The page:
So you’re saying people have gotten more bitter, less optimistic. Who are these people, and what are they complaining about?
Here's the thing: you have to differentiate between the different kinds of people in Egypt. There's such a vast wealth gap, that when you look at the ideological objections of sort of educated liberals, those are not the same things that drew the sort of poor, less-educated masses to revolt against Morsi. Frankly, I don't think [the majority] are angry on an ideological basis. It’s about the economy, how poor people are, and [how] those kinds of things aren't improving. Obviously, ideological resentment towards Morsi gets fed into that, but I don’t think it’s the basis for that part of the population.
For educated and liberal [Egyptians], you get the sense that people are angry at the mixing of religion and politics. I think that people are really angry that Morsi squandered the opportunity to form a coalition government incorporating people of different political orientations and backgrounds: Leftists, Muslims, Christians, and so forth.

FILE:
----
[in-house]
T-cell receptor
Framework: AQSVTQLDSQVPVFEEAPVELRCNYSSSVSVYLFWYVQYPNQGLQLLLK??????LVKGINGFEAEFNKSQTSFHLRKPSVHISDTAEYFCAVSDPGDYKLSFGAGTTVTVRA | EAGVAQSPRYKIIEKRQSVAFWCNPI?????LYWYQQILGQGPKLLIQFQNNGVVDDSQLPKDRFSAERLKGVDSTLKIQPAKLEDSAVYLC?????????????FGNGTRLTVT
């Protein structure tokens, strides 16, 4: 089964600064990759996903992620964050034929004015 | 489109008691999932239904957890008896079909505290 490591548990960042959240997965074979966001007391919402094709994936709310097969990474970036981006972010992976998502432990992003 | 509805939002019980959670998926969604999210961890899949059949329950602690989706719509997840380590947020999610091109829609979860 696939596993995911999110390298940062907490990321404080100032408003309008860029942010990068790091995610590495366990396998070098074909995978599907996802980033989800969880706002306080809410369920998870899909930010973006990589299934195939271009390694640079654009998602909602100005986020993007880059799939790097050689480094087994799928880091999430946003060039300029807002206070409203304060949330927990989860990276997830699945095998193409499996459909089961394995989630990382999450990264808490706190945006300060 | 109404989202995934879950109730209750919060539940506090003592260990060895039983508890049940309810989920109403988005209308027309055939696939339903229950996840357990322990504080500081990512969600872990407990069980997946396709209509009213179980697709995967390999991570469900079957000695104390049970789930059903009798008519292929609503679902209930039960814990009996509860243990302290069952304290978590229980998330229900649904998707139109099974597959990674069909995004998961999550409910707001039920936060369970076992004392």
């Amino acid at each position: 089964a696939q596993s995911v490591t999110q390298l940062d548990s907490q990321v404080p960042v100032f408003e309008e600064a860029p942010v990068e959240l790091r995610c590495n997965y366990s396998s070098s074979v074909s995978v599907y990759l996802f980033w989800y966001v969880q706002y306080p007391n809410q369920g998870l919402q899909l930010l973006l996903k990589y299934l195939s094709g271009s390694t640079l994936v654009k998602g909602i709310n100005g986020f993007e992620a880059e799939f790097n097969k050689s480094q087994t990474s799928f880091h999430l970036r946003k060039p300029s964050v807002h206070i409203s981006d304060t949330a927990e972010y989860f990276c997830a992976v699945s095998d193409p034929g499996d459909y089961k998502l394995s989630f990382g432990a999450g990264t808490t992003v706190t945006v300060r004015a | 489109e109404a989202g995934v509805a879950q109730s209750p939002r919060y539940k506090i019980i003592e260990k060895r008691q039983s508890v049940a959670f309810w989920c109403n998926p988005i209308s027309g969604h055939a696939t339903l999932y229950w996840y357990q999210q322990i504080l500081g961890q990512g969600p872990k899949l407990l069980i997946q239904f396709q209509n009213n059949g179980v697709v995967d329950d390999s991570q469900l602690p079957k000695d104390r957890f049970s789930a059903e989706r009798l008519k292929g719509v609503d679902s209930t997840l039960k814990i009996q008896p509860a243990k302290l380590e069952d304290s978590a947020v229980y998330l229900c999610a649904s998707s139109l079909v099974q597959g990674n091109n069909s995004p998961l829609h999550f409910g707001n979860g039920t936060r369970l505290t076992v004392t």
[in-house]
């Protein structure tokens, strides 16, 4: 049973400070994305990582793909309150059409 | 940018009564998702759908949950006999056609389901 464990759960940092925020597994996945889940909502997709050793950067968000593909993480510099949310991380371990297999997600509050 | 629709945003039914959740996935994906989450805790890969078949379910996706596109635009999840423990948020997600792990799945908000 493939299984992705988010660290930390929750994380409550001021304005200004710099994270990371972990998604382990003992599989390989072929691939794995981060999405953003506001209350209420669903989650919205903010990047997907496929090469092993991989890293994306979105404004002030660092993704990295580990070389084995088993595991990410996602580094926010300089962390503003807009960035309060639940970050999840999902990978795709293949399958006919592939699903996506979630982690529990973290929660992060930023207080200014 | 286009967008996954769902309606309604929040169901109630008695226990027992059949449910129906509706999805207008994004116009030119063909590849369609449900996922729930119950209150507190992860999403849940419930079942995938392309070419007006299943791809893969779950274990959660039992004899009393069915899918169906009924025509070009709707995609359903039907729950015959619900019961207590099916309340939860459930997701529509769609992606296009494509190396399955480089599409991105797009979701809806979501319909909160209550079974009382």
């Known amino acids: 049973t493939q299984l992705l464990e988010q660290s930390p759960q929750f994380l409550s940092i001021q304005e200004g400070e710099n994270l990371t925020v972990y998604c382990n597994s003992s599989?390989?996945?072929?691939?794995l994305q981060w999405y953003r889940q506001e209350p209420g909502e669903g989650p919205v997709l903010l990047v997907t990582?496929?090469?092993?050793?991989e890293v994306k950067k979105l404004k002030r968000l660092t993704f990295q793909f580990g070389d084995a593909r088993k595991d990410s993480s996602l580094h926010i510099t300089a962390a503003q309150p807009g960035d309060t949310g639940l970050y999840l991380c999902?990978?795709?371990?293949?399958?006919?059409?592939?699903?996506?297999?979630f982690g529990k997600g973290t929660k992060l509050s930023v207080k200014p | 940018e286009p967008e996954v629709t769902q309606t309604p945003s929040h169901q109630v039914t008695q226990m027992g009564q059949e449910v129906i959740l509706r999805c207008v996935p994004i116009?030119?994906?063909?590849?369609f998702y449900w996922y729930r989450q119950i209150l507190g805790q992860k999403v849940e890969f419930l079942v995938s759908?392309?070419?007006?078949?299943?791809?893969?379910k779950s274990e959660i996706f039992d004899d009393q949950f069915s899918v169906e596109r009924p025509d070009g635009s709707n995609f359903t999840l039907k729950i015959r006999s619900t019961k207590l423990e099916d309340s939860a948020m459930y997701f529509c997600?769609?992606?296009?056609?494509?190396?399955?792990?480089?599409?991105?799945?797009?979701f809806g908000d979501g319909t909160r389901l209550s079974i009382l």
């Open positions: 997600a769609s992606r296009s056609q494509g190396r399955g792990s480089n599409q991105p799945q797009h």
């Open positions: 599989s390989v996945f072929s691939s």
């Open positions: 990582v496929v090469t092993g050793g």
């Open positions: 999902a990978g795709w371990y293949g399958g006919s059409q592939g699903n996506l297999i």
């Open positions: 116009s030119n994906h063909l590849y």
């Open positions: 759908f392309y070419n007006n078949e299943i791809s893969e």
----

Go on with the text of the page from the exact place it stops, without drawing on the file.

[Still], I talk to our doorman about politics, and he said, ‘Of course, if I weren't working I'd be there.’ And I asked ‘Do you really think the military is the only other option, that they’re going to be better?’ And he said ‘Of course they're going to be better! They’re not perfect, but we’re used to the military, we've had them a long time, so we know what to expect.’ So for people coming from the U.S., it’s hard to grasp that there is a sense of trust there, that we don't have.
Now that the unrest has started, what is it like for you to be in Egypt?